Again, the only people hearing “echoes from the future” are those whose minds are bent into a distinctive warp, anxious to seem perceptive by blindly setting up a comparison with anti-immigrant parties in Europe that the media mistakenly refers to as “right wing”. (Most of them are really Big Statists, from what I can see.)

It cannot be emphasized too strongly:

Conditions in Japan do not and will not resemble those in any European country, nor conform to the illusions of drive-by Western commentators.

But enough of this; the rest of his analysis is based on conjecture just as foamy. (He too quickly accepts the idea that Japan has renounced nuclear energy; I wouldn’t be too cocksure about that. It doesn’t bode well for the movement that Hashimoto Toru has left it and Kamei Shizuka and Ozawa Ichiro have joined it.)

My thinking is quite simply that Japan has reached an economic point of no-return; this will be now played out politically to provide a dignified burial of the country’s ambitions.

Through a stroke of synchronicity, the following article appeared on the same day as this op-ed:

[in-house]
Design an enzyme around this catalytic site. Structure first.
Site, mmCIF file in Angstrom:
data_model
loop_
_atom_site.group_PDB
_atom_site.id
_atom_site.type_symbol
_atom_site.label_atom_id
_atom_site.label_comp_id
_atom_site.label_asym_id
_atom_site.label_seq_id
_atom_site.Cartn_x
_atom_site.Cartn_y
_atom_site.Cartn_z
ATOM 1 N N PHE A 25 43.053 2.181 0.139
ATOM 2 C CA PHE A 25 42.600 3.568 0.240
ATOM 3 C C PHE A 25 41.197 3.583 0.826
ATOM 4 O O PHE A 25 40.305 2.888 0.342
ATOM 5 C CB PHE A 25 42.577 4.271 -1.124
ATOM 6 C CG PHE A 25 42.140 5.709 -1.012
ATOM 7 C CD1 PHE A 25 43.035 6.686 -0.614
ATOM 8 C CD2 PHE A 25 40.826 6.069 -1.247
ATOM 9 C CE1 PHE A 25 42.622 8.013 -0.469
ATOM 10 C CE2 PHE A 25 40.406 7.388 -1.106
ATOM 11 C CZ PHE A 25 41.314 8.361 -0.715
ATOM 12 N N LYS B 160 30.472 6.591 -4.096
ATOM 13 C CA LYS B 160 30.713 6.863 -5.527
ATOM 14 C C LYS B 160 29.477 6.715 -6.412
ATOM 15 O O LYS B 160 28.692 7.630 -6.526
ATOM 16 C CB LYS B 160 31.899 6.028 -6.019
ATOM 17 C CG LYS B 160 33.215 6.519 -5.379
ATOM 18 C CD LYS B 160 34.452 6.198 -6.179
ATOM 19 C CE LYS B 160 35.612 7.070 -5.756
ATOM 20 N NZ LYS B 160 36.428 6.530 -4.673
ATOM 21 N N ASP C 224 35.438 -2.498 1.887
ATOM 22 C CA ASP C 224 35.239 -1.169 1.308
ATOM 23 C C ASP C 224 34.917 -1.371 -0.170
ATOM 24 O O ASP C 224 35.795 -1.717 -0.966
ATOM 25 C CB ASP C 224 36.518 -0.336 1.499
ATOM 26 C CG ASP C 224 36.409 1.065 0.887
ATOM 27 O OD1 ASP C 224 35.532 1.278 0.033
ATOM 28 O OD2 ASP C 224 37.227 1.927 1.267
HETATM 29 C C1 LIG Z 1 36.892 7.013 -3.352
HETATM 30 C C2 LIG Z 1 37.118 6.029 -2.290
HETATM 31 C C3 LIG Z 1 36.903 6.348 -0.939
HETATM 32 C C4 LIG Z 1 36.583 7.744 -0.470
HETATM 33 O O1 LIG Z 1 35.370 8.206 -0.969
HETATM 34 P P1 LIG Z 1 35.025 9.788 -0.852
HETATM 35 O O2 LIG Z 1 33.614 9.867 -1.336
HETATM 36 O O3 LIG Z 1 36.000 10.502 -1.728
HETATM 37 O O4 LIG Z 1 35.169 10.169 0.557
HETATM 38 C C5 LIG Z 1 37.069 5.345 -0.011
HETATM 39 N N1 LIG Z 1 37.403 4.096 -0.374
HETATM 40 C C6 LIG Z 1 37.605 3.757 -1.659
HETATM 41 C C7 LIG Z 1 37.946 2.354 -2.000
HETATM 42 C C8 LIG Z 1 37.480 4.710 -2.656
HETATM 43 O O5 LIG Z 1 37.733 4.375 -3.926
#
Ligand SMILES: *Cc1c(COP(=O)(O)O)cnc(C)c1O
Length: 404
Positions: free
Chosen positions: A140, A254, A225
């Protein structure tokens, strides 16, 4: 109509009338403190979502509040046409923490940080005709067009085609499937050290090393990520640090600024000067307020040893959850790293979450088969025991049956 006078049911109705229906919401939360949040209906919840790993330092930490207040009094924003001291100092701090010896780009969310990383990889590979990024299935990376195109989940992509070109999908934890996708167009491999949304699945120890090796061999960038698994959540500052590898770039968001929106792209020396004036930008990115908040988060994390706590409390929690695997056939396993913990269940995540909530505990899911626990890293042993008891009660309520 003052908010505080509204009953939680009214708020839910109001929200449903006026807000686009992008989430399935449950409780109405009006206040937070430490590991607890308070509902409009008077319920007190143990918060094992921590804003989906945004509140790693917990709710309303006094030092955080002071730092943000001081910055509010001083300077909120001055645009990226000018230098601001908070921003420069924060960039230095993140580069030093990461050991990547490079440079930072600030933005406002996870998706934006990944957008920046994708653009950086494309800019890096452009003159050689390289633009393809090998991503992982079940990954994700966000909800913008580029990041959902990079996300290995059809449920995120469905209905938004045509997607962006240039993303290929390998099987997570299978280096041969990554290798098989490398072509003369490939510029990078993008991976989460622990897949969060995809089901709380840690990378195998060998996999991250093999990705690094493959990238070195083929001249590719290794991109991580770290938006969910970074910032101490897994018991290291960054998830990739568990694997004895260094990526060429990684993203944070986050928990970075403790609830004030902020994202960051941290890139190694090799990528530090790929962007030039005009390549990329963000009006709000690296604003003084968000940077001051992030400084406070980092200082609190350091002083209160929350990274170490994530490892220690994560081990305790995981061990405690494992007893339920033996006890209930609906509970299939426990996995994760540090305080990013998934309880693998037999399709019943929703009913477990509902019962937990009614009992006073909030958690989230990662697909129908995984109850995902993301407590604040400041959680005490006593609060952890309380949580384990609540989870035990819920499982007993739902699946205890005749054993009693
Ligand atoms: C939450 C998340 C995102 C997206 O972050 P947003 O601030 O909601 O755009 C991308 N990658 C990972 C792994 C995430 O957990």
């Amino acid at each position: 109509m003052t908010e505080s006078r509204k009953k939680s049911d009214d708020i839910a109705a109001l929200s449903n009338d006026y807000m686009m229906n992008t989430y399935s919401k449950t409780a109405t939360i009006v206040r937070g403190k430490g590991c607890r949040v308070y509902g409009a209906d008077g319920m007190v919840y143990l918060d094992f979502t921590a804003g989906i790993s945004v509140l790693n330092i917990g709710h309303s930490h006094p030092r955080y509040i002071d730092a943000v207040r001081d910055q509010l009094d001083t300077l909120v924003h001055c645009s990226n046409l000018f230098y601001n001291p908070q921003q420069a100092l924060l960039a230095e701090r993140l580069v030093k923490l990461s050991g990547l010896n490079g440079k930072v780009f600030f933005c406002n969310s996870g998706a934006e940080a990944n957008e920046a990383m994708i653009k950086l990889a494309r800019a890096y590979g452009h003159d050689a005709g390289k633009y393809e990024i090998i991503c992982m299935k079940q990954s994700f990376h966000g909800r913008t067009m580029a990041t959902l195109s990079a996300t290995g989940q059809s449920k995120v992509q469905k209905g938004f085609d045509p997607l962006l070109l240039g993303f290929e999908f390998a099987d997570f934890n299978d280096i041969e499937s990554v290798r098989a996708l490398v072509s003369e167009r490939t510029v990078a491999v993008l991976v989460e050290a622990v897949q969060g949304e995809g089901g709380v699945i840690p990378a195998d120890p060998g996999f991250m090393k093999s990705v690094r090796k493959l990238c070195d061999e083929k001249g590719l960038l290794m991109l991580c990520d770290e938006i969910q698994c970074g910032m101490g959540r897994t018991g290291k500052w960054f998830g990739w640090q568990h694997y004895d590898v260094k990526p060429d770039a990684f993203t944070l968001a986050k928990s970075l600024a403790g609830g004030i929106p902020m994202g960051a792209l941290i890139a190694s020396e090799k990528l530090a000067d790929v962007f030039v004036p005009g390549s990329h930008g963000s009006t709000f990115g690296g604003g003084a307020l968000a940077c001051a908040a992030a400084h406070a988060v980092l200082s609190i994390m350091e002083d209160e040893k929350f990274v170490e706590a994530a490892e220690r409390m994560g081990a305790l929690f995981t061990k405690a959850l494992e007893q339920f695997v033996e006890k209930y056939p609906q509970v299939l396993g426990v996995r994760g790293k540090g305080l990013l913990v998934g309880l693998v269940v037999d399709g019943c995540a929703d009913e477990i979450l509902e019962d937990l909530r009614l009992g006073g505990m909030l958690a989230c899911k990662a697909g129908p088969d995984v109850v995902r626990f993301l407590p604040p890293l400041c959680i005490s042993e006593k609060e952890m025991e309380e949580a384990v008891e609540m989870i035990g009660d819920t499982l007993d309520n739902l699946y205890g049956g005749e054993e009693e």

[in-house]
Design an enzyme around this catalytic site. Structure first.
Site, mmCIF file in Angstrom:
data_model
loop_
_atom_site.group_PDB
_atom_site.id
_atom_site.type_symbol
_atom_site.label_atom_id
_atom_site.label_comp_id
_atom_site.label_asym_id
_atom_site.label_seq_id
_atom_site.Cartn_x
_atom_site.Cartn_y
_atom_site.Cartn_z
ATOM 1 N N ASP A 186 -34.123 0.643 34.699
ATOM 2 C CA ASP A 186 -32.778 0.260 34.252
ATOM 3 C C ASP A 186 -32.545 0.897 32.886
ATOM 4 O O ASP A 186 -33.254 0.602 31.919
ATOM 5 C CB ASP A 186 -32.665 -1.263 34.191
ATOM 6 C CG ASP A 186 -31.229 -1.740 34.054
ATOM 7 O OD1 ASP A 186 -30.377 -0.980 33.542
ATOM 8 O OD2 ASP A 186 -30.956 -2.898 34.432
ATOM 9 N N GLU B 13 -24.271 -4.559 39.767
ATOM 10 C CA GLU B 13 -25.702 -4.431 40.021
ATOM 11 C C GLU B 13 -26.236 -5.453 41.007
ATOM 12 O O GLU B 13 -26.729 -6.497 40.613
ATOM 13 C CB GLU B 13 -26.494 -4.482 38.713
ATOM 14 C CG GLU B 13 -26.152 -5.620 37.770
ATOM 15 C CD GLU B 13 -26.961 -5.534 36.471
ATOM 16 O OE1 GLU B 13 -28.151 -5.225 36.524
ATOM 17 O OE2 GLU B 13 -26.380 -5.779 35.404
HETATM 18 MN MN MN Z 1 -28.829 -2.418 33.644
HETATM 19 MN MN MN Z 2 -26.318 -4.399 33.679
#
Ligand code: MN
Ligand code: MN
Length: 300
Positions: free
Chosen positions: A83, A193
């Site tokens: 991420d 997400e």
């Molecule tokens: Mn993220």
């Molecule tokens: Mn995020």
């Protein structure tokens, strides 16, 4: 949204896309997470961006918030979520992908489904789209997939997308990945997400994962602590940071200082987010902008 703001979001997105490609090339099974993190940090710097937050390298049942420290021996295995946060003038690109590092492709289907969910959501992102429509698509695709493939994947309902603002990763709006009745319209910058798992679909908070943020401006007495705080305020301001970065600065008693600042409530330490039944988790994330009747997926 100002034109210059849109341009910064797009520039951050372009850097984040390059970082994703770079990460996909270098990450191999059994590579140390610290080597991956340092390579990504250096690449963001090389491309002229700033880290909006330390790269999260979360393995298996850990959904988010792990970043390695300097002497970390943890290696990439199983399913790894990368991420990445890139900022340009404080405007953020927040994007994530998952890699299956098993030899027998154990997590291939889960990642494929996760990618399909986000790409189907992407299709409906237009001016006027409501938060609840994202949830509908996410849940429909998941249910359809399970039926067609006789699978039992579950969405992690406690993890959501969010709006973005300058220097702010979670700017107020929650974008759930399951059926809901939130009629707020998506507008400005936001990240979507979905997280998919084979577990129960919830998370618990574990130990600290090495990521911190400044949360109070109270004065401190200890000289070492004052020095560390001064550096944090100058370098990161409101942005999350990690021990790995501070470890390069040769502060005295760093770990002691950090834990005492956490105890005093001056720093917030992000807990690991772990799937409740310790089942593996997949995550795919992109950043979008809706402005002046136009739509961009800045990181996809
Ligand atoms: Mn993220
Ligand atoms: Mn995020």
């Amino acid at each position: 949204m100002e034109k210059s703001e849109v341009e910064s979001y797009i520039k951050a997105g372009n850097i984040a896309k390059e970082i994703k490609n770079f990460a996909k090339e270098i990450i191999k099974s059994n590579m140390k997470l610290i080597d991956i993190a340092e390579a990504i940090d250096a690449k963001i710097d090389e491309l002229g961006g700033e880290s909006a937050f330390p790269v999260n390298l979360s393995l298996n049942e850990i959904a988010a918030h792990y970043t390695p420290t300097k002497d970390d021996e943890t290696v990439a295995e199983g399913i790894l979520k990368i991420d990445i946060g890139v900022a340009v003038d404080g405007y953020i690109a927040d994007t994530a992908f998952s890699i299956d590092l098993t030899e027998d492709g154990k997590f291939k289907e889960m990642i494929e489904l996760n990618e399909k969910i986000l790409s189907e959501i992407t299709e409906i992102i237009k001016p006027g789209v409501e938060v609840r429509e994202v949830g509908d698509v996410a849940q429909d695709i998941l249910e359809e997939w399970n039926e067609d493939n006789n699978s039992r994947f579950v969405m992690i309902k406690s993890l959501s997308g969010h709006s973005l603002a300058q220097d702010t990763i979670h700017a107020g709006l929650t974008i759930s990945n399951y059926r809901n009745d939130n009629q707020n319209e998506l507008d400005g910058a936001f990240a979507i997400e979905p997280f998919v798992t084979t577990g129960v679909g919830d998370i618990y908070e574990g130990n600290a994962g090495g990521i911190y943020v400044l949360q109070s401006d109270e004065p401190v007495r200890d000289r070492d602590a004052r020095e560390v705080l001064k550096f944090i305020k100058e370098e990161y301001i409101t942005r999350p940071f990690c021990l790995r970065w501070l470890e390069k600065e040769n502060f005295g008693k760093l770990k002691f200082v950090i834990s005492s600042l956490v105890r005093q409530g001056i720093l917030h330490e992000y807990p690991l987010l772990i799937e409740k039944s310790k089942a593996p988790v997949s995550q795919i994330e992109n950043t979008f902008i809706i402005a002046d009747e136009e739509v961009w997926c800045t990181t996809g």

The first of a new generation of high-speed, magnetic levitation trains has been unveiled in Japan, designed to operate at speeds of more than 310 mph…

Designed by Central Japan Railway Co. (JR Tokai), the state-of-the-art trains are scheduled to go into use in 2027 and link Shinagawa Station, in central Tokyo, with Nagoya.

At present, it takes 90 minutes for a conventional “shinkansen” bullet train to complete the journey between the two stations, but the new technology will cut the trip to 40 minutes.

The vehicle has no wheels – doing away with friction and, hence, providing a smoother and quieter ride at a faster speed – and is propelled along a track through electromagnetic pull.

That’s just 15 years away.

Japan will be the first nation to build a large-scale maglev route and hopes to be able to export the technology once it has been perfected.

And I expect they will be successful.

Had Chan Akya or the media’s editorial class known the ABCs of political conditions in Japan, the electorate’s intense interest in reform and readiness to punish politicians who lack that interest, and indeed, the capacity for innovation and survival of actors in the free market system in general and the Japanese in particular, this article would never have been written, much less been published.